Pick your specification
Knowing what you need is vital
The tech world has a concept called “feature creep”, where a product gains features until it becomes bloated and complicated. The same thing can happen when you buy a Mac.
Knowledge is power
The key to avoiding this situation is ensuring you know exactly what you need before you start looking at Macs and get carried away. If you stick to that spec, you don’t need to spend more than necessary.
For example, do you need that Intel Core i7 processor? It’s a powerful processor, but unless you regularly engage in heavy-duty video or photo editing work, you can probably go without.
For processor clock speed and cores, if you mostly work with audio then fewer cores and a higher clock speed can be beneficial when it comes to latency. However, video export and compiling apps benefit from extra cores working in tandem, despite the typically lower clock speeds on offer.
Apple offers a variety of storage options, from normal hard drives to faster Fusion Drives to super–speedy SSDs. Work out how much space (and speed) you need, but remember that you can expand it with an external drive down the line.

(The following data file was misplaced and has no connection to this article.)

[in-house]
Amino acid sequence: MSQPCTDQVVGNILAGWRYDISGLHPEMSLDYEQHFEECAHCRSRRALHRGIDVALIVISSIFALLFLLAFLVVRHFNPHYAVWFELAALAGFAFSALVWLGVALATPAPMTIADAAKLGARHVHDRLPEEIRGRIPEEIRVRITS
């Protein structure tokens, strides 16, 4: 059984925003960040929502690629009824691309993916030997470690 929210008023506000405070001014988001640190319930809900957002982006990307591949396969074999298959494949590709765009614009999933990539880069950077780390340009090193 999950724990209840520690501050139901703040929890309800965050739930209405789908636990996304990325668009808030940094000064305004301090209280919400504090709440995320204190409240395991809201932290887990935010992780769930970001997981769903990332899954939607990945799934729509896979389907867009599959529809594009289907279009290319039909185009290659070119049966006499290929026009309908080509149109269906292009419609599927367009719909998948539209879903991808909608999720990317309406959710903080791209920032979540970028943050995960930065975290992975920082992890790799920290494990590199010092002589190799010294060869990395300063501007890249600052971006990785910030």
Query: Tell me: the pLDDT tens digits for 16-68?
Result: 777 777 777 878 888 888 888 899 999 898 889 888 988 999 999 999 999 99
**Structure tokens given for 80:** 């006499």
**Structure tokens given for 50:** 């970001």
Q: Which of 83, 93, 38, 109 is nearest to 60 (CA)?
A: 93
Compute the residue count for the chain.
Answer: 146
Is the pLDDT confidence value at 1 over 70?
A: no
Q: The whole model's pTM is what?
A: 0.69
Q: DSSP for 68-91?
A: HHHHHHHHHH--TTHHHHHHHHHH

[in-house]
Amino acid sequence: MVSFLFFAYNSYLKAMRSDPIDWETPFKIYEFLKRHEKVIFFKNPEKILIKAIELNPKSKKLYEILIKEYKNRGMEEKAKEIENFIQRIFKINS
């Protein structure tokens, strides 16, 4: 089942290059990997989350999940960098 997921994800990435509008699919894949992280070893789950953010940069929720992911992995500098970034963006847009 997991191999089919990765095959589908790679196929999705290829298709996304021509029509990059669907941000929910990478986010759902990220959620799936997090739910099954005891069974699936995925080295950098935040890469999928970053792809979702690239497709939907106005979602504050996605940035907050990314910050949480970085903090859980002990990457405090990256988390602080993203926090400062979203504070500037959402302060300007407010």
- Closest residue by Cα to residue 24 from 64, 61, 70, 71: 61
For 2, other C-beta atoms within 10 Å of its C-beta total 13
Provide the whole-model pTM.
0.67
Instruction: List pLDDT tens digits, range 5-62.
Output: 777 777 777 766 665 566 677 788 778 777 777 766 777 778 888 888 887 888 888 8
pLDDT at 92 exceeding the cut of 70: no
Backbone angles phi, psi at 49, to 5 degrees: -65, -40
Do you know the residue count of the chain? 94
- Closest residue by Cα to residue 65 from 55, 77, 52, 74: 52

Similarly, only get as much memory as you need. For many ordinary tasks, 8GB is plenty. If you use your Mac more intensively, you might need 16GB.
If you intend to use an external 4K or 5K display, make sure your Mac is powerful enough to run it. The support section on Apple’s website has a page outlining requirements ( bitly.com/4K5Kreqs).
Bear in mind that most Macs’ components can’t be changed — or not easily — after purchase, so you need to consider future uses for your Mac at that time. Thunderbolt 3 raises the possibility of external graphics cards, but Apple hasn’t yet finalized how that will work, and we can’t say for certain which models it’s relevant to just yet.
Make sure you know what you intend to do with your Mac before you buy it. For example, do you need more than 8GB of memory?